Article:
So the most likely voting attack would be one that creates chaos by invalidating the initial count in such a way that manual procedures would be required to construct the real figures. The realistic scenario is a tally on election night that declares one candidate the winner, let’s say Trump for the sake of argument. If this count is flawed, audits will most likely disclose it and then a more hands-on tally would be undertaken. The manual tally would take a long time to to complete – think 2000 Florida recount in several states. If the second tally doesn’t agree with the first, the conspiracy nuts would have a field day, there would be massive litigation, and the ultimate winner would be considered illegitimate by many because “the system was rigged.”
The foreign enemies of the US would gain more from a chaos scenario than from electing their preferred candidate, whoever that may be. So we should expect some scrambling over the next three months to do what we can to protect voting and vote counting from hacks.
This could all be a distraction since we don’t really know for certain that Russia hacked the DNC. It could be that one or members of the DNC was using an insecure email system that makes it easy for people to break into an email account by requesting a password change; in fact at least one personal account on Yahoo! was hacked:
Just weeks after she started preparing opposition research files on Donald Trump’s campaign chairman Paul Manafort last spring, Democratic National Committee consultant Alexandra Chalupa got an alarming message when she logged into her personal Yahoo email account.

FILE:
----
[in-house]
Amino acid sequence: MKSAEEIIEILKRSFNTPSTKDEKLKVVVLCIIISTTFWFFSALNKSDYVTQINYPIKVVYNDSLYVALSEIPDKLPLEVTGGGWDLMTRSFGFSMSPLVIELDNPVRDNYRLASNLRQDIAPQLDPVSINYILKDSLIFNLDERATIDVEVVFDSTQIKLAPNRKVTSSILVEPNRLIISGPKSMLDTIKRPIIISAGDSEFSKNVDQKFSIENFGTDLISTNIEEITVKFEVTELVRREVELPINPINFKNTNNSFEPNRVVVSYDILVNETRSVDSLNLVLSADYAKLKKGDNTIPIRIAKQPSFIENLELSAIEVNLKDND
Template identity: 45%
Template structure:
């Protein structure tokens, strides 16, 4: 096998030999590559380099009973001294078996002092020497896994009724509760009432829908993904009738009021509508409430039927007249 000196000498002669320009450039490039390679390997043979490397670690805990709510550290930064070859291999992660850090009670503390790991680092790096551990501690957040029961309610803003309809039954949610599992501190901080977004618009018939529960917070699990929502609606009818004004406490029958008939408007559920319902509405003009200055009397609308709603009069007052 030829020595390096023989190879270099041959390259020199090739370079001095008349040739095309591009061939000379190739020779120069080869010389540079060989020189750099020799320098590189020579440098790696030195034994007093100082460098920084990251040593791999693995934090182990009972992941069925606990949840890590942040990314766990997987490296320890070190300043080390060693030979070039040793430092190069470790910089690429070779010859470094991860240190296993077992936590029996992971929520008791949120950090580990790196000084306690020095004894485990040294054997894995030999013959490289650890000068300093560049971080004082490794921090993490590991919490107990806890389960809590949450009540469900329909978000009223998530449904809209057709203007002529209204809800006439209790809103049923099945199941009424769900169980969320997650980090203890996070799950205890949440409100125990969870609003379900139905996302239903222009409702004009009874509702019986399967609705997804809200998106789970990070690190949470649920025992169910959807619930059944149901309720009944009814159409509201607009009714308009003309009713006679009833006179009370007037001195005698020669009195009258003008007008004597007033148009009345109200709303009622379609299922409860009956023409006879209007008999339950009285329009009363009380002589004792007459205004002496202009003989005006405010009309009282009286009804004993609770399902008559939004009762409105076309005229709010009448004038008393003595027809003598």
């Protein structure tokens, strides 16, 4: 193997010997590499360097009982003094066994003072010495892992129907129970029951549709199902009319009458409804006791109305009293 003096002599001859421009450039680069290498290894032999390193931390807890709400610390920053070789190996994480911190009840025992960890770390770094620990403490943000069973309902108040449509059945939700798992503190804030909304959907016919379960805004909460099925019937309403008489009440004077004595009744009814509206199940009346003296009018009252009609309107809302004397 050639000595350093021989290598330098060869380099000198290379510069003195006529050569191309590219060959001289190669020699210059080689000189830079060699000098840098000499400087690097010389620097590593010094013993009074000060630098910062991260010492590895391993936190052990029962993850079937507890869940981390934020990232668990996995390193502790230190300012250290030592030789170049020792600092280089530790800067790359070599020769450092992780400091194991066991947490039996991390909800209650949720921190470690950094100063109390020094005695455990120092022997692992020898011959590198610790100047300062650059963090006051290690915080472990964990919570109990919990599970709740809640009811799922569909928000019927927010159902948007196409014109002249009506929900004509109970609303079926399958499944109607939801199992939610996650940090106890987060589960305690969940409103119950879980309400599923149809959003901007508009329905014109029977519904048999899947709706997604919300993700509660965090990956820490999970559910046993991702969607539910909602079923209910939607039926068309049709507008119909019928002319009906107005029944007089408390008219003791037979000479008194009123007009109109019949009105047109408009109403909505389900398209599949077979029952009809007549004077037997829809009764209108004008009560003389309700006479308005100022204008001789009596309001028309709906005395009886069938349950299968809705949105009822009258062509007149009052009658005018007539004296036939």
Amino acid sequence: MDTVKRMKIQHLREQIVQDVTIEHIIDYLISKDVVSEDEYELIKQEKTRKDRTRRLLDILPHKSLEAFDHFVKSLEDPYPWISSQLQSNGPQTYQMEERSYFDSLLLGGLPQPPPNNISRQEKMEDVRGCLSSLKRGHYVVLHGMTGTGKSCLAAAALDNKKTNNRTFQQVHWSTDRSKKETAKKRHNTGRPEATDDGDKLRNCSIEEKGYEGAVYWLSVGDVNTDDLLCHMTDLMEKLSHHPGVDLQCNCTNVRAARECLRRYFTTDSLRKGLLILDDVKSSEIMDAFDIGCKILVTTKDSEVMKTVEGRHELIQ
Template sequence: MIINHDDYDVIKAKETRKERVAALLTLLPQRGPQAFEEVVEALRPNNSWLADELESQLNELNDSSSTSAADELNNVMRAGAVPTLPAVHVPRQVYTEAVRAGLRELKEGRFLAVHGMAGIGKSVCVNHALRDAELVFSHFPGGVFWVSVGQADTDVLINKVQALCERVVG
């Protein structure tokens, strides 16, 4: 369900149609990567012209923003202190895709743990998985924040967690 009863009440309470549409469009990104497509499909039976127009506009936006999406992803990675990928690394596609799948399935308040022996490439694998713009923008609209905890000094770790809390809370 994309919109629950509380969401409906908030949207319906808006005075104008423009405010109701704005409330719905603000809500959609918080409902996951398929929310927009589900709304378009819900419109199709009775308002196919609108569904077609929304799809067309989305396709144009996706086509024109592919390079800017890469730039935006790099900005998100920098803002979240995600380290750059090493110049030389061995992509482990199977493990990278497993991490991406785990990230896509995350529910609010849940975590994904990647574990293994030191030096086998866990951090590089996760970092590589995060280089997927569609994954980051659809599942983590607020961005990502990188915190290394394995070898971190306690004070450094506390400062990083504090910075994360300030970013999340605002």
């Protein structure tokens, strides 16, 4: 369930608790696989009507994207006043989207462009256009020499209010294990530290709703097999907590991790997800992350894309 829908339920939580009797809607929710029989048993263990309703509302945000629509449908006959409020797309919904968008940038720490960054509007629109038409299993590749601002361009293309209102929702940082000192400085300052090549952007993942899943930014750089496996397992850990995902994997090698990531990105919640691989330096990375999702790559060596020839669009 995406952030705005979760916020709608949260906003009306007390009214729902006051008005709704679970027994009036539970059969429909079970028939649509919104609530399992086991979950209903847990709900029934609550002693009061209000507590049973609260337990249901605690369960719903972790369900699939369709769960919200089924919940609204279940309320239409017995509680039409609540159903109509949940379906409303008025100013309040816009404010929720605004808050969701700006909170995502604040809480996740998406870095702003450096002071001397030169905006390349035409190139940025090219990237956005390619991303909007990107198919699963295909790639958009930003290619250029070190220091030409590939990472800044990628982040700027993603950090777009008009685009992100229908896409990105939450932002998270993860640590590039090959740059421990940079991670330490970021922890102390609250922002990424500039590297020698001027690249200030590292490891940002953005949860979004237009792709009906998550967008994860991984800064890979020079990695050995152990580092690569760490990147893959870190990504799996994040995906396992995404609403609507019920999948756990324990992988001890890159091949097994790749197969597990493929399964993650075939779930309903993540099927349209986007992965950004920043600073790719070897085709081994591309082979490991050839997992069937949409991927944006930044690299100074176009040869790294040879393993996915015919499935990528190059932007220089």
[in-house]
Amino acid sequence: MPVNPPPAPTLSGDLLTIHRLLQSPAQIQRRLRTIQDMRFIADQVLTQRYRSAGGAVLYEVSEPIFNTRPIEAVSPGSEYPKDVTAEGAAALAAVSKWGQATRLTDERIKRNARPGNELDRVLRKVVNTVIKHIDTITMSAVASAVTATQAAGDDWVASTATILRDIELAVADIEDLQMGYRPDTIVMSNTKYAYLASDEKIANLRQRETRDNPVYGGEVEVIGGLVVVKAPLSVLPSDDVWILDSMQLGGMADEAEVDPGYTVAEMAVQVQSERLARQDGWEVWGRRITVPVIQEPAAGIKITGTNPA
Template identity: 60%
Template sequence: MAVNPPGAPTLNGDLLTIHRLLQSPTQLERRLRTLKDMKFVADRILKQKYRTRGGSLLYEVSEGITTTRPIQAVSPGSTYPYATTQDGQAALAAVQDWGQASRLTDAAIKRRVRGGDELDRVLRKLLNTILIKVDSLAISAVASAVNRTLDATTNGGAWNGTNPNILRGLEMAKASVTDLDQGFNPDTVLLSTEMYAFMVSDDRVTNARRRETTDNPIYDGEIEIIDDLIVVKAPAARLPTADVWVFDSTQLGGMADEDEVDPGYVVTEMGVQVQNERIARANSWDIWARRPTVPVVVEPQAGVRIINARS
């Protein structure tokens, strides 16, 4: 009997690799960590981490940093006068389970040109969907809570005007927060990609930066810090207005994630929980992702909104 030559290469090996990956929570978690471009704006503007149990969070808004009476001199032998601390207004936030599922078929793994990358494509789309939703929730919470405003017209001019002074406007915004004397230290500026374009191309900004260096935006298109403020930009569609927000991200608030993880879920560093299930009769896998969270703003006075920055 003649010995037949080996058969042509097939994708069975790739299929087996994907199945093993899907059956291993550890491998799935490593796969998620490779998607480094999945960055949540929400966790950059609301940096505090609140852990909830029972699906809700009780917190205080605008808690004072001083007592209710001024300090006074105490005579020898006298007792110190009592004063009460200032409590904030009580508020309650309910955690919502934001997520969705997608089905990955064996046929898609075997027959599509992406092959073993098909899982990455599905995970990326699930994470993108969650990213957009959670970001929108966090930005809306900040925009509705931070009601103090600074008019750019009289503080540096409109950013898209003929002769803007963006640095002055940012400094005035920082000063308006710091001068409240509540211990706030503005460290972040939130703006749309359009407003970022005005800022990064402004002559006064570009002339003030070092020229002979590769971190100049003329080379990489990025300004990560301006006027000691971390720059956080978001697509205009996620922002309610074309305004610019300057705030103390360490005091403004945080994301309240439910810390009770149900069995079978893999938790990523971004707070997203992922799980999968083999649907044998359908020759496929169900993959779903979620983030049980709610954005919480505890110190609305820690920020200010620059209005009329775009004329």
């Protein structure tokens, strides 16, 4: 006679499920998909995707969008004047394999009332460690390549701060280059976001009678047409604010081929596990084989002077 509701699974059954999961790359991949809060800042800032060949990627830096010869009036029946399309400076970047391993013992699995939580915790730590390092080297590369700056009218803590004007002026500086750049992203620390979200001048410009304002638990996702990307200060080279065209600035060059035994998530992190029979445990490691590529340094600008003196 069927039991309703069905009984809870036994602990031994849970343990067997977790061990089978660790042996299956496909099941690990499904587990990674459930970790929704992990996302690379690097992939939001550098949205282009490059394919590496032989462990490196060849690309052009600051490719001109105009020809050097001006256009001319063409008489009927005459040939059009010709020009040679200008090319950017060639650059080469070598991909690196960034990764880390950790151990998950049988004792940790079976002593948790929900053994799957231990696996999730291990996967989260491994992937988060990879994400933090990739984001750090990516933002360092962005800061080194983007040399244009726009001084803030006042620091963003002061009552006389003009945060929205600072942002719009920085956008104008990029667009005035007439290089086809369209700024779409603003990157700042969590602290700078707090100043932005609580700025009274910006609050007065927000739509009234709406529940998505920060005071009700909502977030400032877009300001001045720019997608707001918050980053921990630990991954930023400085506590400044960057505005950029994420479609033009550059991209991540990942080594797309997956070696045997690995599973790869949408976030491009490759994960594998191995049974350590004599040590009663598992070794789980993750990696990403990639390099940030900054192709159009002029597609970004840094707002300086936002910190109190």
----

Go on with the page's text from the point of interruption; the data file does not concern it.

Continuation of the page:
“Important action required,” read a pop-up box from a Yahoo security team that is informally known as “the Paranoids.” “We strongly suspect that your account has been the target of state-sponsored actors.”
Chalupa — who had been drafting memos and writing emails about Manafort’s connection to pro-Russian political leaders in Ukraine — quickly alerted top DNC officials. “Since I started digging into Manafort, these messages have been a daily occurrence on my Yahoo account despite changing my password often,” she wrote in a May 3 email to Luis Miranda, the DNC’s communications director, which included an attached screengrab of the image of the Yahoo security warning.
“I was freaked out,” Chalupa, who serves as director of “ethnic engagement” for the DNC, told Yahoo News in an interview, noting that she had been in close touch with sources in Kiev, Ukraine, including a number of investigative journalists, who had been providing her with information about Manafort’s political and business dealings in that country and Russia.
Trump and Russia Too Close for Comfort
So it’s easy to see the basis for the supposition that Russia was involved, as well as the belief that Trump and Putin are too close for comfort. Manafort acted as a campaign consultant for Viktor Yanukovych, the former Ukrainian president (regarded as a Putin puppet) who was forced from office by the Euromaidan protests that began in 2013. Yanukovych doesn’t even speak Ukrainian, so his election was not exactly “business as usual.” [Disclosure: The U. S. State Department sent me to Ukraine two months before the protests started to give speeches under the “U. S. Speaker Program“, a wonderful experience in which I connected the dots between culture, technology, and democracy.)
So the election drama is building and information technology is at the heart of it all. It’s wise not to overreact to Schneier’s prophecies of doom – that’s what he does for a living – but it’s wise to check and double-check the integrity of our vote counting systems. Regardless of which candidate each of us supports, we should all support the idea that the will of the electorate should determine who occupies the Oval Office for the next four years.